Halfway House is three miles or so from High Ham. Lying on the Langport to Somerton road, it is the pub for the village of Pitney. It is a pub that is packed on summer’s evenings.
Much of Halfway’s custom is due to the excellence of the chef, who is probably a distant relation, Hugh, her father, and my mother coming from the same hamlet of Pibsbury, between Langport and Long Sutton. Hugh’s photograph is among a collection of black and white prints that hang on the walls of the bar: his face is a face filled with character and interest, the lines tell of countless hours of farmwork in all elements. Hugh’s face brings memories of farm life in our community and stories of my mother’s schooldays. Hugh’s name was frequent in recollections of life in the neighbourhood in the 1940s and 1950s.
Halfway House is the “local” for various among my cousins so when a meal to mark the birthday of one of my uncles was planned, Halfway House seemed the logical choice.
It being a fine evening, warm with a gentle breeze, I thought I would walk. In former times, three miles would have been a forty-five minute stroll. The advantage of walking in former times was that there was no digital technology to suggest a route other than the obvious one.
Opening Google maps to check the likely time at which I would arrive at the pub, I discovered it was suggesting a shorter route than that by road. Counter-intuitively, instead of turning right at the bottom of the hill and following the road along the valley that wound its way to Pitney, it suggested a left-turn and a walk through Pitney Woods via “Stowey Road.” The route turned rightwards off the road, up a short “No Through Road” which came to an end at a fork. The wooden fingerpost to the right said “Public Footpath,” the one to the left, “Stowey Road – Restricted Byway.” Never before in my life had I heard the term “restricted byway,” it sounded something more substantial than a footpath.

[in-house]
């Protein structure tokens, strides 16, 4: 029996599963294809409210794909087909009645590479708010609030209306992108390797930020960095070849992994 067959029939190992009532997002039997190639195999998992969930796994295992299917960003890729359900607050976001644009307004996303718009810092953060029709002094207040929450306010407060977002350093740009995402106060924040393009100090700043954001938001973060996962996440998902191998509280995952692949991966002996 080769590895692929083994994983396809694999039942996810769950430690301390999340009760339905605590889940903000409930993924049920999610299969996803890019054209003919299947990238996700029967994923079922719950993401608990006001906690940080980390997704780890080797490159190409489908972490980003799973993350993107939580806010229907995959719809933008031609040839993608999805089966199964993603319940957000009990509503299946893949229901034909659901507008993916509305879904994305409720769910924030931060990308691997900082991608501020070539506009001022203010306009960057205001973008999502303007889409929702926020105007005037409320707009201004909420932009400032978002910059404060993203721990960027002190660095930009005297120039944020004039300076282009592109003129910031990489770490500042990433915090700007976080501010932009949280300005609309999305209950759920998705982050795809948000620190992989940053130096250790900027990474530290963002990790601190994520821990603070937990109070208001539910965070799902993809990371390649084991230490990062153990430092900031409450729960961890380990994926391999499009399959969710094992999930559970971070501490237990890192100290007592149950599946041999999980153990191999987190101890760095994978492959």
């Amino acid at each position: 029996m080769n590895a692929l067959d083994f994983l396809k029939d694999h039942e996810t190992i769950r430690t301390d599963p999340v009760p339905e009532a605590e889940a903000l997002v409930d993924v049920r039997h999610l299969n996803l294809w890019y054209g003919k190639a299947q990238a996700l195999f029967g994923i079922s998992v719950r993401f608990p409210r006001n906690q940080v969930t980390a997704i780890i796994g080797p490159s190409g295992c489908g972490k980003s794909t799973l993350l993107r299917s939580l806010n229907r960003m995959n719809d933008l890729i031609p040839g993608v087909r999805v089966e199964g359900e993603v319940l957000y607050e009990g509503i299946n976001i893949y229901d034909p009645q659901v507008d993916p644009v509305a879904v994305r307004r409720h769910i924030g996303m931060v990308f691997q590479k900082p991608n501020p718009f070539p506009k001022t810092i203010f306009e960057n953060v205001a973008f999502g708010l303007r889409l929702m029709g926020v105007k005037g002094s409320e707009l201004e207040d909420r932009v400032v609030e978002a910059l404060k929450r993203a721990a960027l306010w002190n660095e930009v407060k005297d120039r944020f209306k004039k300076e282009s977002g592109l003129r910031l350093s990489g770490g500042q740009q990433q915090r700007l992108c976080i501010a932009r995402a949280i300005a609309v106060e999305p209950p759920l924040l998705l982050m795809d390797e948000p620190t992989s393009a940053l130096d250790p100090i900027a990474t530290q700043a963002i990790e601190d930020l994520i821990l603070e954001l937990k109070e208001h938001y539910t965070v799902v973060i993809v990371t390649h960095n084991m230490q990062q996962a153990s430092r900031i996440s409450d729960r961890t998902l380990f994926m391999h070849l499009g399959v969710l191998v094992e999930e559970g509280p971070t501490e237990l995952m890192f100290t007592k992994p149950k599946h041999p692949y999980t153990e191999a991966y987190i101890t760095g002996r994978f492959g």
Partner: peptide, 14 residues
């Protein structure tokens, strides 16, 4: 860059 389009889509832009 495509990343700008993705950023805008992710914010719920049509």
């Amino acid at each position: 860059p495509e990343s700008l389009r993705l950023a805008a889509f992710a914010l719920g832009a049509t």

The byway was a mud and stone track through the trees, then a mud track, and then a scramble up a steep path that is probably a stream bed in winter time. The ruts were deep and the only sign of human presence was that of horseshoe prints in the mud and the marks left by the knobbly tyres of a trials motorbike. Huffing and puffing, it was a relief to struggle to the top and gasp for air. A well-surfaced tarmac road bordered by neatly-cut verges lay ahead, a wooden bench in memory of a local walker stood at the roadside. It seemed almost as though someone had planned the completion of a road through the woods and had never seen it through to completion.
It took fifty-four minutes to reach the pub. “Did you walk?” asked one of my cousins.
“Through Pitney Woods,” I said.
“You didn’t come over Stowey?”
She shook her head, “Roads are easier, you know.”